Catalogs or Collections are administrative lists with inconsistent relationships to physical items. Therefore, a Cataloged Item is an abstraction, i.e., it is an item that has been cataloged, and hence defined, by the administrator of a catalog.
The term “specimen” is used synonymously with “cataloged item” throughout Arctos.
Cataloged_Item . Cat_Num VARCHAR2(40) not null
Catalog Number is the identifier assigned to a Cataloged Item. It must be unique (case-insensitive) within a particular catalog. Varoius formats are supported and bring various functional limitations with them. The code table provides more information.
Cataloged Item Type
Cataloged_Item . Cataloged_Item_Type VARCHAR2(20) not null
A code table is available to explicitly label various types of cataloged material.
Coll_Object_Remark . Coll_Object_Remarks VARCHAR2(4000) null
Use remarks to document non-standard information pertaining to the specimen. Do not use remarks for any information which could be recorded with more structure elsewhere, including remarks better stored with a part, event, or any other “piece of the specimen.”
Coll_Object . Entered_Person_ID NUMBER(22) not null
Agent creating the catalog record in Arctos.
Coll_Object . Coll_Object_Entered_Date NUMBER(7) not null
Date on which the record was created.
Coll_Object . Last_Edited_Person_ID NUMBER(22) null
Agent last editing the catalog record.
Coll_Object . Last_Edit_Date NUMBER(7) null
Date on which the record was last edited.
Coll_Object . Flags VARCHAR2(20) null
Flags mark a specimen as missing information during the entry process. It is sometimes more convenient to bulkload data after the specimen record exists than to enter data with the specimen; flags serves as a marker to facilitate easily locating those specimens.
Coll_Object_Remark . Associated_Species VARCHAR2(4000) null
Free-text description of species associated with the specimen.
Collection . GUID_Prefix VARCHAR2(20) not null
Catalogs are most usefully defined by way of a GUID Prefix, which in conjunction with catalog number forms a unique identifier within Arctos, and in conjunction with Arctos’ URI forms a Globally Unique Identifier (GUID) for the specimen record. GUIDs, once formed, must never be allowed to change or expire. See deleting specimens for guidelines. All specimen citations should occur by way of GUID. Note that while GUID Prefix generally appears to be a concatenation of institution and collection code, it is in fact an independent concept; several collections from an institution may use the ‘Herb’ collection_cde (e.g. for vascular plants, cryptogams, and marine algae collections, for example).
Choosing a new GUID_PREFIX
We require GUID_PREFIX to be 20 or fewer characters, and contain exactly one colon
: not at the beginning or end of the string.
We recommend choosing a GUID_PREFIX that will survive being transferred through various mechanisms, displayed in web pages that might use “fancy” formatting, or typed by users with many kinds of input devices in many languages. We recommend only upper and lower-case ASCII letters (A-Z,a-z), other than the required colon.
Collection . Collection VARCHAR2(50) not null
A short name for a particular collection type. For example:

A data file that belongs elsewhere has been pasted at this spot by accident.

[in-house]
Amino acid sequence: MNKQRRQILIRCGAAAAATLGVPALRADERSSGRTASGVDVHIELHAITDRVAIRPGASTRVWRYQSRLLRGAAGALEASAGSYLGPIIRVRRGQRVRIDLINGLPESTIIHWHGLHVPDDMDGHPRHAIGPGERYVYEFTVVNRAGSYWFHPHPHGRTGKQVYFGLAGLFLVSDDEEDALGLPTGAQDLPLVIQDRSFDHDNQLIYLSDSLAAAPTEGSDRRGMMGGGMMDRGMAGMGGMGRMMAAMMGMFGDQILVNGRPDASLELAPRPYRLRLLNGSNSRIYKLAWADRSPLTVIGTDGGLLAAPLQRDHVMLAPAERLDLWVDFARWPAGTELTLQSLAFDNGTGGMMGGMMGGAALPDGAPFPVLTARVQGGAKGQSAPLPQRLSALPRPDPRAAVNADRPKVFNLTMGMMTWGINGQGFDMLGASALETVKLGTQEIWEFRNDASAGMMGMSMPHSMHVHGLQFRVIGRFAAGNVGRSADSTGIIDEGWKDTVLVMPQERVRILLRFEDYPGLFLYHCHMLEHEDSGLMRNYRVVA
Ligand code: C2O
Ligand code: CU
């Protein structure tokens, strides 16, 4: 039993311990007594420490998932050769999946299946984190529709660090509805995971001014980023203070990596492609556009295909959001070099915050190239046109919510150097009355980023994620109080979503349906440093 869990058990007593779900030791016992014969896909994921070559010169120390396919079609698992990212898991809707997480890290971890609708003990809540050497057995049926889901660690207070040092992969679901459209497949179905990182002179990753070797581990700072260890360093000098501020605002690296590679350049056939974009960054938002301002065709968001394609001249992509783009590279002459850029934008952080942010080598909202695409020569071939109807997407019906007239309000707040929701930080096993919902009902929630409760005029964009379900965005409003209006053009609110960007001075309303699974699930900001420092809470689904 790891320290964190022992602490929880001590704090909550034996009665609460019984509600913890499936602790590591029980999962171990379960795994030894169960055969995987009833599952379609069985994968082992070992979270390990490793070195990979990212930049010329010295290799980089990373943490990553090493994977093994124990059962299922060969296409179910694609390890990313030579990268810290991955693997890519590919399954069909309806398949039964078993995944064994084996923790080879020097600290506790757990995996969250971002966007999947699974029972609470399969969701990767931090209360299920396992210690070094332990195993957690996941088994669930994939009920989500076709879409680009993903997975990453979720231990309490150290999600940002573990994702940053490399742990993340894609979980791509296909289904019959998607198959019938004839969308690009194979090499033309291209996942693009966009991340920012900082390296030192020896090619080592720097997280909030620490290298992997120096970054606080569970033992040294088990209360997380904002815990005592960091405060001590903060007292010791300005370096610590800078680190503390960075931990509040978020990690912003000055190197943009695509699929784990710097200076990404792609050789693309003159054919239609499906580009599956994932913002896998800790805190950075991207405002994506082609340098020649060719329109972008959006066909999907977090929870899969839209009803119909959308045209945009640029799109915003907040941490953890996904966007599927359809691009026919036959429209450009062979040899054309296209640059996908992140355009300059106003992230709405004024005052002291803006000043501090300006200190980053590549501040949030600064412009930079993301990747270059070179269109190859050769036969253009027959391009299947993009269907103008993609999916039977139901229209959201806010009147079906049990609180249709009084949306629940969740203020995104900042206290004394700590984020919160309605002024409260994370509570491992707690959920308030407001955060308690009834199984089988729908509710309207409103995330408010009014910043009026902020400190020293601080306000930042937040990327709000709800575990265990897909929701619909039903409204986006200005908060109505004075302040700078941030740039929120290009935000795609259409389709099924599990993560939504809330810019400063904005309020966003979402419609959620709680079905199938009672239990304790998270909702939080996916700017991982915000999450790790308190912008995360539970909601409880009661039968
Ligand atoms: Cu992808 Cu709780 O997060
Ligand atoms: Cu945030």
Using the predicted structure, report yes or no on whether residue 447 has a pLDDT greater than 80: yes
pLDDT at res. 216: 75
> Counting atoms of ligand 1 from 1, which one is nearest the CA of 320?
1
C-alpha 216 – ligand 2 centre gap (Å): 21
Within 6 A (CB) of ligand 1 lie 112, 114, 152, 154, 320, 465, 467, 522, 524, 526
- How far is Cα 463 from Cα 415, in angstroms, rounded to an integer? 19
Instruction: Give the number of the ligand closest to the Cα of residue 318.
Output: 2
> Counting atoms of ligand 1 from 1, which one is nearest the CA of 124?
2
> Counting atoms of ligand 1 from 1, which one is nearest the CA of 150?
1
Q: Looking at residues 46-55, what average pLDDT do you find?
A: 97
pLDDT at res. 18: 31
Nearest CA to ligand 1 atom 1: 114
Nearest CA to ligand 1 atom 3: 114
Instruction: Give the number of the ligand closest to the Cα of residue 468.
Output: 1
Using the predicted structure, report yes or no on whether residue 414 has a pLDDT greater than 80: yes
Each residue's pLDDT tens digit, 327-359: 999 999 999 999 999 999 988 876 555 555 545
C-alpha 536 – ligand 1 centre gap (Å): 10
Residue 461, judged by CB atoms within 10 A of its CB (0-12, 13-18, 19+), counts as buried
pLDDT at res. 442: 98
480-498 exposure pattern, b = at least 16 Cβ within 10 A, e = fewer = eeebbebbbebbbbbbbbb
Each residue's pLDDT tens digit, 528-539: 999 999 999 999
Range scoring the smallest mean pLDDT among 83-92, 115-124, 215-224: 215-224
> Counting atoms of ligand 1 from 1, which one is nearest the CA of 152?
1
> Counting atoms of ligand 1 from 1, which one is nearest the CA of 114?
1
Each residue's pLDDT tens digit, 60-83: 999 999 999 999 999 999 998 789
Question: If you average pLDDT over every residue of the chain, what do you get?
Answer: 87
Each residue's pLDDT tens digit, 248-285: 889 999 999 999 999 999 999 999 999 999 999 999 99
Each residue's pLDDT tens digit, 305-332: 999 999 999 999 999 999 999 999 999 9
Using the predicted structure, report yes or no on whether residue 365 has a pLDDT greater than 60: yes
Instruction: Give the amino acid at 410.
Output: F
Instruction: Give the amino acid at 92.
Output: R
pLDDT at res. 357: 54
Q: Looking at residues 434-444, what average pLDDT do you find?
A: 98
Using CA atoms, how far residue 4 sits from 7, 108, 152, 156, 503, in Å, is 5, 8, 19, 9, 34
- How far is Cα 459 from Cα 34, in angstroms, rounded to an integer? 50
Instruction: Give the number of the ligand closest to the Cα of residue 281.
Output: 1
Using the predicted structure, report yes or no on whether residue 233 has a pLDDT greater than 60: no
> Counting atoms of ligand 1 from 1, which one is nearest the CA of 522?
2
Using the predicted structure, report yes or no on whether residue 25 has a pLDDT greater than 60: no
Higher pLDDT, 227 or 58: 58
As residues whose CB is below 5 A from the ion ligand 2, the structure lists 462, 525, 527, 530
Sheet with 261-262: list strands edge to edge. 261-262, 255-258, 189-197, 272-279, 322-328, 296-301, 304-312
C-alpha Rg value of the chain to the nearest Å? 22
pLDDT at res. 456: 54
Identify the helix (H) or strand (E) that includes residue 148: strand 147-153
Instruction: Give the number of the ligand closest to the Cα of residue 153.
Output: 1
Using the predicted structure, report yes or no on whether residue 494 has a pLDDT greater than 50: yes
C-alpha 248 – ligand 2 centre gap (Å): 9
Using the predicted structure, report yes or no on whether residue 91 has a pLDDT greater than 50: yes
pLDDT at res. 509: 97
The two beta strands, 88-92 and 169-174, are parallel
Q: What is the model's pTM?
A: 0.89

- Mammal Specimens
Collection . Collection_Cde VARCHAR2(5) not null
Collection Code links catalogs to collection-type-specific code tables. Values are generally descriptive (“Mamm” or “Bird”), but no deeper meaning exists. Existing collection_cde values are in a code table. Exploring the “filter” option of Attribute Type will provide an idea of how a collection type has been used.
Collection . Descr VARCHAR2(4000) null
An extended name/description of the collection. For example:
- University of Alaska Museum, Mammal Collection
- Parasite Collection at the Museum of Southwestern Biology, Albuquerque, NM
- Kenelm W. Philip lepidoptera collection
Collection . Institution_Acronym VARCHAR2(20) null
Abbreviation of the institution that hosts the catalog. For example, “MVZ” for Museum of Vertebrate Zoology, “UAM” for University of Alaska Museum (of the North), “MSB” for Museum of Southwestern Biology. Generally, these values are the same as those traditionally used for specimen citations within discipline-specific publications. There is now a demand for globally unique specimen identifiers on the Internet, and at least one registry for such abbreviations has been established.
Collections may choose and order any number of cttaxonomy_source. Classifications are applied to records from the first source which includes data for all taxa used in an identification.
From SpecimenSearch, Catalog Number accepts arguments of several forms. The following table is illustrative.
||No-operator inputs are string matched.|
||Dash-separated smaller–>larger integers specify a range. Note that there is a 1000-item limit on ranges and lists.|
||”=” (equals) prefix overrides all other operators and assumptions; only a matching string is returned.|
||“Second” item is smaller than “first” item; not considered as range.|
||“Second” item is zero-padded so not considered an integer; not considered as range.|
||Commas are treated as list delimiters unless the value is prefixed with an equals sign. Note that there is a 1000-item limit on ranges and lists.|
||Commas are treated as list delimiters unless the value is prefixed with an equals sign. Neither catalog numbers nor list elements must be numeric. Note that there is a 1000-item limit on ranges and lists.|
||”%” is “match anything.” This matches anything CONTAINING 12.|
||”%” is “match anything.” This matches anything ENDING WITH 12.|
||“_” is “match any single character.”|
||“_” is “match any single character.”|
Locating Specimens by Identifier
Each specimen in Arctos receives (and is define by) a single catalog number, along with any number of identifying numbers, often referred to as “Other IDs.” There are several ways, each with their own limitations, to search these numbers. The data available for searching vary wildly based on what collectors have recorded and what collections have entered. Some exploration is often involved in finding a particular set of specimens.
Along with catalog numbers, Arctos provides the capacity to attach any number of identifiers of various types to specimens.
Other Identifiers, like catalog numbers, have three components: A prefix, an integer, and a suffix. Individual collections define how these components should be used, acceptable values, and how data are to be entered, and these decisions affect what sorts of queries are possible. It is often not possible to deduce these rules and practices – contact us if you need help.